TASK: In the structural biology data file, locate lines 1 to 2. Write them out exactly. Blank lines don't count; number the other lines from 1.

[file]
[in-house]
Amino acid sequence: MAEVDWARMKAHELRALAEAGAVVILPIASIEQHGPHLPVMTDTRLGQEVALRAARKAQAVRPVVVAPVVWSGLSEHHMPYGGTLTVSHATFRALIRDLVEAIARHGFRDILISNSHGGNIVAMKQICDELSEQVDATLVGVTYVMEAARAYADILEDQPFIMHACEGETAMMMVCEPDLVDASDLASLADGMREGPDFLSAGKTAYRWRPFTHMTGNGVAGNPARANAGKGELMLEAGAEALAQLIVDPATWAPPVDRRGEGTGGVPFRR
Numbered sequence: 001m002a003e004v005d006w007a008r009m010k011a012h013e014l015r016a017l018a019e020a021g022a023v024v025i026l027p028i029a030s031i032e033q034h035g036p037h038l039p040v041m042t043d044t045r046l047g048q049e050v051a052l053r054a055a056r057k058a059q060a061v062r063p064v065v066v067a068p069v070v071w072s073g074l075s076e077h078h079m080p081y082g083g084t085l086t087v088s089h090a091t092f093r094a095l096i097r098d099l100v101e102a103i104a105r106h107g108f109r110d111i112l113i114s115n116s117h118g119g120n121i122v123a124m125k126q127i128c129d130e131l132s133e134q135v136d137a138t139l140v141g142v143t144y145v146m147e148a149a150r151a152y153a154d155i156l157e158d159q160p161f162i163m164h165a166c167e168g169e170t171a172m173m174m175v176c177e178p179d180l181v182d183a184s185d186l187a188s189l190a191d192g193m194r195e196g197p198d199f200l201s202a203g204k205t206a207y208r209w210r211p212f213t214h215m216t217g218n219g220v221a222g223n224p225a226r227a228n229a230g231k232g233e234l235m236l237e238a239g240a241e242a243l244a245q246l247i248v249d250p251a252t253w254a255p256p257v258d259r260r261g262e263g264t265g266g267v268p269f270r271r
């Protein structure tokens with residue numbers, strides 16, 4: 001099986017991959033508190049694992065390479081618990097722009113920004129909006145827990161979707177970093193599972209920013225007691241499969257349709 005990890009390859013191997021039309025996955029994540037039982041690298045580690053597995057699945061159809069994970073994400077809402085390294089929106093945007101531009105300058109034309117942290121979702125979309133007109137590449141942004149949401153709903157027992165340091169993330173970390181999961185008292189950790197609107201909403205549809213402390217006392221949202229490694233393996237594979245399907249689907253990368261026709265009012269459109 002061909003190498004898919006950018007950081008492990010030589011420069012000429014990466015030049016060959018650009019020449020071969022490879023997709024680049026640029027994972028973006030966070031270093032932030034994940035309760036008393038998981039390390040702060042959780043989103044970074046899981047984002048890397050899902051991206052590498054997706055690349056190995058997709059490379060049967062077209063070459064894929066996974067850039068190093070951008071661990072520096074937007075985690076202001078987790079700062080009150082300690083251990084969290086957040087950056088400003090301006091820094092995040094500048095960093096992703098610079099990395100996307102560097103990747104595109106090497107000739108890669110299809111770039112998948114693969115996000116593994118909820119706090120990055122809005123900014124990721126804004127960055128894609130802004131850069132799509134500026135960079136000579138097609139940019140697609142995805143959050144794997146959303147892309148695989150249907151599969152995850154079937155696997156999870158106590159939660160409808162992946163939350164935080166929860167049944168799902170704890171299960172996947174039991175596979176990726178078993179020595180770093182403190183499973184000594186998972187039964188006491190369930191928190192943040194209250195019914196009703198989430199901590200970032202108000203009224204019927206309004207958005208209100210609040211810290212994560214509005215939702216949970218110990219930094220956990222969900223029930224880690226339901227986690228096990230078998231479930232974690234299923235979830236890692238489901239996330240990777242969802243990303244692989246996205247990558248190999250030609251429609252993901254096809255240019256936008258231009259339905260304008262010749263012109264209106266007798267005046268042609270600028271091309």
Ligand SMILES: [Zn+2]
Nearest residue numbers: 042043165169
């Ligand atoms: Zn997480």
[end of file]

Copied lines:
[in-house]
Amino acid sequence: MAEVDWARMKAHELRALAEAGAVVILPIASIEQHGPHLPVMTDTRLGQEVALRAARKAQAVRPVVVAPVVWSGLSEHHMPYGGTLTVSHATFRALIRDLVEAIARHGFRDILISNSHGGNIVAMKQICDELSEQVDATLVGVTYVMEAARAYADILEDQPFIMHACEGETAMMMVCEPDLVDASDLASLADGMREGPDFLSAGKTAYRWRPFTHMTGNGVAGNPARANAGKGELMLEAGAEALAQLIVDPATWAPPVDRRGEGTGGVPFRR